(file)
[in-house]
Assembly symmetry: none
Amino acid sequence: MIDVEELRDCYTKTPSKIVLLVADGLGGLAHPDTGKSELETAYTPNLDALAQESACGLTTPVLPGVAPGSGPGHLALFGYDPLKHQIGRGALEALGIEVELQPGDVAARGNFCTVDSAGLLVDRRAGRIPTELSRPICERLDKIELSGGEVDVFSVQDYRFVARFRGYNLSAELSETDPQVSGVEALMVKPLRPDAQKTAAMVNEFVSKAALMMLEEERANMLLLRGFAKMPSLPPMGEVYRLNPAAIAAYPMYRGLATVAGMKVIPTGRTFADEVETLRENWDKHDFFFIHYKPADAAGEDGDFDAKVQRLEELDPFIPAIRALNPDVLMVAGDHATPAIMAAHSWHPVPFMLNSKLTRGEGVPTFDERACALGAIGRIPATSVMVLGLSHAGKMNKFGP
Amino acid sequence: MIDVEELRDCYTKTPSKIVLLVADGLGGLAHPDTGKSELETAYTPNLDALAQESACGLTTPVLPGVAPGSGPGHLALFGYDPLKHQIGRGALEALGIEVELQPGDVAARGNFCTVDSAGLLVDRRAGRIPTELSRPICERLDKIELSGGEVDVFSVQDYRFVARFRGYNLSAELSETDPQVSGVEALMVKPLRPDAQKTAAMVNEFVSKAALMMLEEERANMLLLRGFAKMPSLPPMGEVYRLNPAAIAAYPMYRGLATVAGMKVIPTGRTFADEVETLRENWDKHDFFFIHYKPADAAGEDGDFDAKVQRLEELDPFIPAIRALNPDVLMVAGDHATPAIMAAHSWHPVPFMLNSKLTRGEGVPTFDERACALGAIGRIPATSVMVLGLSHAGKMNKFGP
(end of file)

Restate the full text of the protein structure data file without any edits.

[in-house]
Assembly symmetry: none
Amino acid sequence: MIDVEELRDCYTKTPSKIVLLVADGLGGLAHPDTGKSELETAYTPNLDALAQESACGLTTPVLPGVAPGSGPGHLALFGYDPLKHQIGRGALEALGIEVELQPGDVAARGNFCTVDSAGLLVDRRAGRIPTELSRPICERLDKIELSGGEVDVFSVQDYRFVARFRGYNLSAELSETDPQVSGVEALMVKPLRPDAQKTAAMVNEFVSKAALMMLEEERANMLLLRGFAKMPSLPPMGEVYRLNPAAIAAYPMYRGLATVAGMKVIPTGRTFADEVETLRENWDKHDFFFIHYKPADAAGEDGDFDAKVQRLEELDPFIPAIRALNPDVLMVAGDHATPAIMAAHSWHPVPFMLNSKLTRGEGVPTFDERACALGAIGRIPATSVMVLGLSHAGKMNKFGP
Amino acid sequence: MIDVEELRDCYTKTPSKIVLLVADGLGGLAHPDTGKSELETAYTPNLDALAQESACGLTTPVLPGVAPGSGPGHLALFGYDPLKHQIGRGALEALGIEVELQPGDVAARGNFCTVDSAGLLVDRRAGRIPTELSRPICERLDKIELSGGEVDVFSVQDYRFVARFRGYNLSAELSETDPQVSGVEALMVKPLRPDAQKTAAMVNEFVSKAALMMLEEERANMLLLRGFAKMPSLPPMGEVYRLNPAAIAAYPMYRGLATVAGMKVIPTGRTFADEVETLRENWDKHDFFFIHYKPADAAGEDGDFDAKVQRLEELDPFIPAIRALNPDVLMVAGDHATPAIMAAHSWHPVPFMLNSKLTRGEGVPTFDERACALGAIGRIPATSVMVLGLSHAGKMNKFGP